Here’s why Taiwan doesn’t think China will impose ‘stricter economic sanctions’


Immediately following House Speaker Nancy Pelosi’s historic and highly-publicized visit to Taiwan, China responded with a series of military drills around the island, and imposed several trade restrictions, including import bans on fish and fruit.  

Tensions between China and Taiwan have long simmered amid China’s assertion that Taiwan is in fact a breakaway territory that will eventually be reunited with the mainland. Taiwan maintains that it is a sovereign nation.  

On Monday, Beatrice Tsia, the chief statistician at Taiwan’s Ministry of Finance, said the restrictions imposed by China are unlikely to have a major impact on Taiwan because of how closely connected the two economies are. 

“We expect very little chance of China imposing stricter economic sanctions on Taiwanese businesses due to our highly-reliant economic relations,” Tsai said in Taipei, Bloomberg reported.  

The two economies are major trading partners for crucial goods. Taiwan produces semiconductor chips that China needs for smartphones and electronics production. And the largest chip manufacturer in the world, Taiwan Semiconductor Manufacturing (TSMC), also operates in mainland China.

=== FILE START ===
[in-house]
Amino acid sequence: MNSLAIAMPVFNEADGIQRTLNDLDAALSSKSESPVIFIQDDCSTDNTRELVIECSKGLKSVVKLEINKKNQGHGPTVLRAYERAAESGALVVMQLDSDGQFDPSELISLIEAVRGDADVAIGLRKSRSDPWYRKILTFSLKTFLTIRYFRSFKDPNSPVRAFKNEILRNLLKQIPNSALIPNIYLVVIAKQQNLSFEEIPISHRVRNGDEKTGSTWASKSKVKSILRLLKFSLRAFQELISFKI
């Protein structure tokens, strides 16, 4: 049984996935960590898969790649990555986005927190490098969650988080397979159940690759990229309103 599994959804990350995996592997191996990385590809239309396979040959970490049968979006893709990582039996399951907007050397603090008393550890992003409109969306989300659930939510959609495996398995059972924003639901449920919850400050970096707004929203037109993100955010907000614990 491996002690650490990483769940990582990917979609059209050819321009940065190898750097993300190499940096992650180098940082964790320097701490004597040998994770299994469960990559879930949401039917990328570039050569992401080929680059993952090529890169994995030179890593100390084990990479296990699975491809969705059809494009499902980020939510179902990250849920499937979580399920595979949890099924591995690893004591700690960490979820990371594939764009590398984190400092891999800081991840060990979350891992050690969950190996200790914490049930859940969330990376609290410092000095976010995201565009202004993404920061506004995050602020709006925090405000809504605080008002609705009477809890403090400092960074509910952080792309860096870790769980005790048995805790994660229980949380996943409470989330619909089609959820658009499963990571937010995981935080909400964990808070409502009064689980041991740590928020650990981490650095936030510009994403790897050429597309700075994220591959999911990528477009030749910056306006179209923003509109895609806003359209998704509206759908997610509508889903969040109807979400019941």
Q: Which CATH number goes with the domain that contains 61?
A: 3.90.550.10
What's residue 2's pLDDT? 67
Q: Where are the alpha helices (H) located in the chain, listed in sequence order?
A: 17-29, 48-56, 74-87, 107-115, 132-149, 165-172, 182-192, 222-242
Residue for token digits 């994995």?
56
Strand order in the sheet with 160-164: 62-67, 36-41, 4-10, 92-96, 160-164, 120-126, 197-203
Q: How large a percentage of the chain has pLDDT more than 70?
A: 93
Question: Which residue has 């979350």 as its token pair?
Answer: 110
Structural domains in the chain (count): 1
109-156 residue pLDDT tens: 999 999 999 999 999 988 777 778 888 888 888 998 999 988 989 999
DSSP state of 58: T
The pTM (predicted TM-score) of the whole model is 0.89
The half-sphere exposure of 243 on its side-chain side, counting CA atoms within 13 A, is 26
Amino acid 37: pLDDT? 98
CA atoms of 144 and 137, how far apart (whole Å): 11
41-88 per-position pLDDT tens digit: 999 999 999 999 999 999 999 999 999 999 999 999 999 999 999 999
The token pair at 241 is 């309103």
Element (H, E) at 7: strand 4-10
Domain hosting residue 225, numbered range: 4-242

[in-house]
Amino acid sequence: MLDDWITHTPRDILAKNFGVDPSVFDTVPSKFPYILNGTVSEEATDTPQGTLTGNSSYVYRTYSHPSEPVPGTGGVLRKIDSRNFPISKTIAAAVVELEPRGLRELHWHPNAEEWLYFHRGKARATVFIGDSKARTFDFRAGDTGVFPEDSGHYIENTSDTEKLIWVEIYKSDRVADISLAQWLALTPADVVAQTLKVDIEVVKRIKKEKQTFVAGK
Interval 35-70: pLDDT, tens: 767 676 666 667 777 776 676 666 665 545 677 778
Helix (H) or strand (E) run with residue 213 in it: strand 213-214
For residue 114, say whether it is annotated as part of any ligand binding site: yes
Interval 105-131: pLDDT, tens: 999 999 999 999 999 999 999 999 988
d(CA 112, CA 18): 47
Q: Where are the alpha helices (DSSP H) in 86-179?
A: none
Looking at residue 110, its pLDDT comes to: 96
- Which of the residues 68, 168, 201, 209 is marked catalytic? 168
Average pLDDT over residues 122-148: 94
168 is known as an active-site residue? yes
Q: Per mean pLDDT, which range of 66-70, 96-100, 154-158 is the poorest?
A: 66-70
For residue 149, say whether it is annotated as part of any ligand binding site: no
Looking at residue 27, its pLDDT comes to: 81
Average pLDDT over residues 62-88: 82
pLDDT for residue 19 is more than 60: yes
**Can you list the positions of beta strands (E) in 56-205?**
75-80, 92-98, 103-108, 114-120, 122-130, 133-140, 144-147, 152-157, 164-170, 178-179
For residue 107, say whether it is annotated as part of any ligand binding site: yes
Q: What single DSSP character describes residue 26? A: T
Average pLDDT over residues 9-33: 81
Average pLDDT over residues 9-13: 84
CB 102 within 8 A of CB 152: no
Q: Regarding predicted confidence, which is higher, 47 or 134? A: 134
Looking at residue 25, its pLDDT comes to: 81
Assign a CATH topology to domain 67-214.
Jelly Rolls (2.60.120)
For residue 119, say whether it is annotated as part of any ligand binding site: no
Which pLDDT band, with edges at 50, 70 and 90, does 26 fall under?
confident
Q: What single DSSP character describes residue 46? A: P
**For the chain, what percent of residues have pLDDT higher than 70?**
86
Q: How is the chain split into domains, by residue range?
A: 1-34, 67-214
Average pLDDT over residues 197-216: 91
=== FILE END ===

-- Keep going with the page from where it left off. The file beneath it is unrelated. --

China is on the receiving end of 37% of all of Taiwan’s exports, according to the Taiwanese Ministry of Finance, and exports overall are up about 14.2% this year. China received around $16 billion worth of shipments from Taiwan in July 2022, compared to its second largest trading partner, listed as the Association of Southeast Asian Nations, which includes Indonesia, Thailand and Singapore, receiving nearly $7.5 billion worth. 

And Taiwanese imports overall rose 19.4% to $38.3 billion in July 2022 compared to the same time last year. Of that, 19.7% of those imports come from China, a 9.5% increase from the previous year. 

China conducted military drills in both the airspace and waters of Taiwan last week in response to Pelosi’s visit to the island. On Monday, China announced it would hold new drills around Taiwan.

And although they banned some imports, they targeted ones that would have little effect on the overall economic relationship between the two areas. Taiwan’s agriculture exports accounted for only 0.6% of total exports last year, Bloomberg reported, citing DBS Group Holdings.  

“What needs to be watched is whether Beijing will broaden the trade bans into the manufacturing sector,” Ma Tieying, a senior economist at DBS told Bloomberg. “Particularly semiconductors/electronics going forward.”

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